As you may know, the Independent Journal Review’s Erin McPike recently scored the first big one-on-one interview with President Donald Trump’s secretary of state, former award-winning Exxon-Mobil CEO Rex Tillerson, and has fashioned a first-of-its-kind profile of America’s new chief diplomat. You can just imagine the sort of opportunity this presented Tillerson. Here he is, following in the footsteps of Daniel Webster, Henry Kissinger, Dean Acheson and others, with his first big chance to lay out his vision, goals and priorities, and cement a Tillerson Doctrine.
So what’s his Big Idea? Per Tillerson: “I didn’t want this job. I didn’t seek this job... My wife told me I’m supposed to do this.”
Well, that sure is stirring, no doubt music to the ears of State Department lifers. “When [Trump] asked me ... to be Secretary of State,” Tillerson told McPike, “I was stunned.”
Hey, at least now everyone at State has something in common. But while the IJR profile puts a new, seriocomic gloss on Tillerson’s ascension to Trump’s Cabinet ― and for what it’s worth, this is hardly the first account to depict Trump’s choice as almost accidental ― this is only the latest in a series of stories that have either made it hard to take Tillerson seriously, or have raised deep and searing concerns about his stewardship of the State Department.
Of course, based upon McPike’s piece, Tillerson’s view of the job isn’t completely restricted to how shocked he is to find himself in a position he did not seek. Tillerson grasps the enormous challenge that ISIS poses in “deconflicting” the Middle East, and he has his own criticisms of the previous administration’s approach ― though, as members of the Obama administration point out in McPike’s piece, the new administration has yet to take the previous strategy in a substantively new direction.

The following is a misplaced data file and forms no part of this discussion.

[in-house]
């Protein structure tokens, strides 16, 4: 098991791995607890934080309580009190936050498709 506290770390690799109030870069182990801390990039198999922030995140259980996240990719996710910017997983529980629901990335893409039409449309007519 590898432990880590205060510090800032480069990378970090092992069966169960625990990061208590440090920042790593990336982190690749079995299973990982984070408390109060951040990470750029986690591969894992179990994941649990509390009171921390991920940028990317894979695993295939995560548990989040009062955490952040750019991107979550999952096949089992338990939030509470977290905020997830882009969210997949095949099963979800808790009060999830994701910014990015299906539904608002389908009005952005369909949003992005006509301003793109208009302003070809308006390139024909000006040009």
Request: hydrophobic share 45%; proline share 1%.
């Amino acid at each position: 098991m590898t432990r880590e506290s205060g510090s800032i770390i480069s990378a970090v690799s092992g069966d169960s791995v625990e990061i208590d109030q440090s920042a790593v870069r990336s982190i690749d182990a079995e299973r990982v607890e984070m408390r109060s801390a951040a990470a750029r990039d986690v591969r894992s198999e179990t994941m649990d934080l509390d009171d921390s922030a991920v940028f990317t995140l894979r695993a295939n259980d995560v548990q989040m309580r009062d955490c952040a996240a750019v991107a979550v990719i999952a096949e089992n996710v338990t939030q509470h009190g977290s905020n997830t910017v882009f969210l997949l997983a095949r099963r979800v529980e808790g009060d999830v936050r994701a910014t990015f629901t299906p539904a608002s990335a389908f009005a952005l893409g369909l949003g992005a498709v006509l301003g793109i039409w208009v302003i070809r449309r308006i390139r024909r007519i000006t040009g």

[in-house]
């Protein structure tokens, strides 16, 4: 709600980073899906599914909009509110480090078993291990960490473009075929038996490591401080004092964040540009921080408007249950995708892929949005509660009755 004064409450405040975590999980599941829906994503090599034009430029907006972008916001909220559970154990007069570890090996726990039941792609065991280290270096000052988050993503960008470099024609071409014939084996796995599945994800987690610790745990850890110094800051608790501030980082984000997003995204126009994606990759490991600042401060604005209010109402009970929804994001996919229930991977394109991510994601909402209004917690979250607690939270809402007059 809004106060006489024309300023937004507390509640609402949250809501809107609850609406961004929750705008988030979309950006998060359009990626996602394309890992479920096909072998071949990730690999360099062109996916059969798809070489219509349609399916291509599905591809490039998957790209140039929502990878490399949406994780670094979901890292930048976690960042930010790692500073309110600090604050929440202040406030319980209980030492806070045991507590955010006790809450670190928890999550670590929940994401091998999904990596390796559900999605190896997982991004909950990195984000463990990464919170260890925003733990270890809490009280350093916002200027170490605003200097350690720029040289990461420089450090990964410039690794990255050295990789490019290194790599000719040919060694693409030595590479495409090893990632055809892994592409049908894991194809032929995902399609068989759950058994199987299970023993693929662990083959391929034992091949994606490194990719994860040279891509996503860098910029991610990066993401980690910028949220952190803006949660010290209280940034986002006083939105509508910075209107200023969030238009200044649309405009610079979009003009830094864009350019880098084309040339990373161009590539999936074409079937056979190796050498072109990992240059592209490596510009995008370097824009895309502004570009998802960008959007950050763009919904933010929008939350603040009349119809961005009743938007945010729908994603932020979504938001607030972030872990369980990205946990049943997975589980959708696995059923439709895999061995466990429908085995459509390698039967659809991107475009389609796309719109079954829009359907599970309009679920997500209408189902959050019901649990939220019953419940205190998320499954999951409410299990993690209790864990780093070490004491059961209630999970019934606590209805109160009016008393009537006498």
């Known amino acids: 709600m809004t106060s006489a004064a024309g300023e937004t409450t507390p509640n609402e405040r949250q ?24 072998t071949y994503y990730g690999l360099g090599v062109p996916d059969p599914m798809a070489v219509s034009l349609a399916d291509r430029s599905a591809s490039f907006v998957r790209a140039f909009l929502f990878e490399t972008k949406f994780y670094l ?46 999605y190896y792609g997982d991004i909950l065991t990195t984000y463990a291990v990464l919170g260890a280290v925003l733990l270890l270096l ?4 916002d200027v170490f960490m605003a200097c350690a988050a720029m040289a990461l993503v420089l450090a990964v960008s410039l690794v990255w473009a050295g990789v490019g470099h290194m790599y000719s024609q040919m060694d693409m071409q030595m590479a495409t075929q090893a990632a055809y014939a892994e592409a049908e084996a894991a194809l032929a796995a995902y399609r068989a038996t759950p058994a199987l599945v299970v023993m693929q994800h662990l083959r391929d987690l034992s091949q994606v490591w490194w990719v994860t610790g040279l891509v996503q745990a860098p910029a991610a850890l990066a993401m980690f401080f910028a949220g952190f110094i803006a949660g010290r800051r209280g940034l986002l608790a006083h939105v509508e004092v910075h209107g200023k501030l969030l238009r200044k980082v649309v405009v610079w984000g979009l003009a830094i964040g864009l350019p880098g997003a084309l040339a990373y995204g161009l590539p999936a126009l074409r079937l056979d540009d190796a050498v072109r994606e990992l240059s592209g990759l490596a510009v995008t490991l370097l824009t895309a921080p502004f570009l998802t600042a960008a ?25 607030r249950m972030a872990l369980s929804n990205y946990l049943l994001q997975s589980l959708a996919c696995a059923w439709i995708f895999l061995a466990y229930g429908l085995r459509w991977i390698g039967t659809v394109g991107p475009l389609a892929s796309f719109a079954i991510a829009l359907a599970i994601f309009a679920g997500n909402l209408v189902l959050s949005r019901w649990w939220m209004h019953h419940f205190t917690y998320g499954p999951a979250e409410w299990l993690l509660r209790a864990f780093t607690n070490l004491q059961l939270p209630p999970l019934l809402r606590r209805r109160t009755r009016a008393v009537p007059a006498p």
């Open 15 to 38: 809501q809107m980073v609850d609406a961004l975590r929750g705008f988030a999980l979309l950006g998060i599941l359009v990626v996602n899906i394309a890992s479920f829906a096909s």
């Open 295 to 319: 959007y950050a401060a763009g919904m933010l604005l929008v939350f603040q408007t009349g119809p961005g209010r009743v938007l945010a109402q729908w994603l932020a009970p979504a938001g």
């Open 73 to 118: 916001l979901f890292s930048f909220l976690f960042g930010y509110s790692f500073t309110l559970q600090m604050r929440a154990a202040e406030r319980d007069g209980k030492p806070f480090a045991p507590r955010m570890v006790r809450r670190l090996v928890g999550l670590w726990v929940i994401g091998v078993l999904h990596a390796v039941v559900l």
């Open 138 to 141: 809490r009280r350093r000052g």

Still, as far as a “Tillerson Doctrine” goes, the IJR profile mainly finds Tillerson saddled with the responsibility of translating Trump’s “America First” maxim for foreign audiences. He seems to understand how different this job is from anything he’s done before, telling McPike, “The risks are much higher in what I’m doing now.” He also pledges to be, above all, “results-driven.”
The early results have not been optimal.
The McPike interview comes on the heels of Tillerson’s first trip to East Asia, from which the main takeaway was that he had to cut his visit to South Korea short because of “fatigue.” Tillerson has aggressively pushed back on this characterization, but the fact of the matter is that all of the “Tillerson is tired” japery came about because Tillerson chose not to travel with the State Department press corps. Korean media filled that vacuum with stories that did not cast the trip in a good light.
This is hardly the only decision that Tillerson has made that has stupefied observers. His rhetoric on U.S.-China relations has ranged the gamut from pointlessly belligerent to curiously passive. As Foreign Policy’s Robert Daly reports, Tillerson’s inaugural trip to China might be “remembered ... for the Trump administration’s adoption of Beijing’s diplomatic language and style.” His first meeting with his Russian counterpart, Sergei Lavrov, was reportedly more than a little awkward, and involved State Department minders shoving the assembled reporters out of the room before Tillerson delivered his remarks.
And his first meeting with the G20 nations was marred by a late decision to attend, which forced him to stay at an out-of-the-way sanitarium 20 miles from the meeting. Per Bloomberg: “Diplomatic security agents mingled in the parking lot with elderly people in wheelchairs arriving for spa treatments.” Sounds auspicious!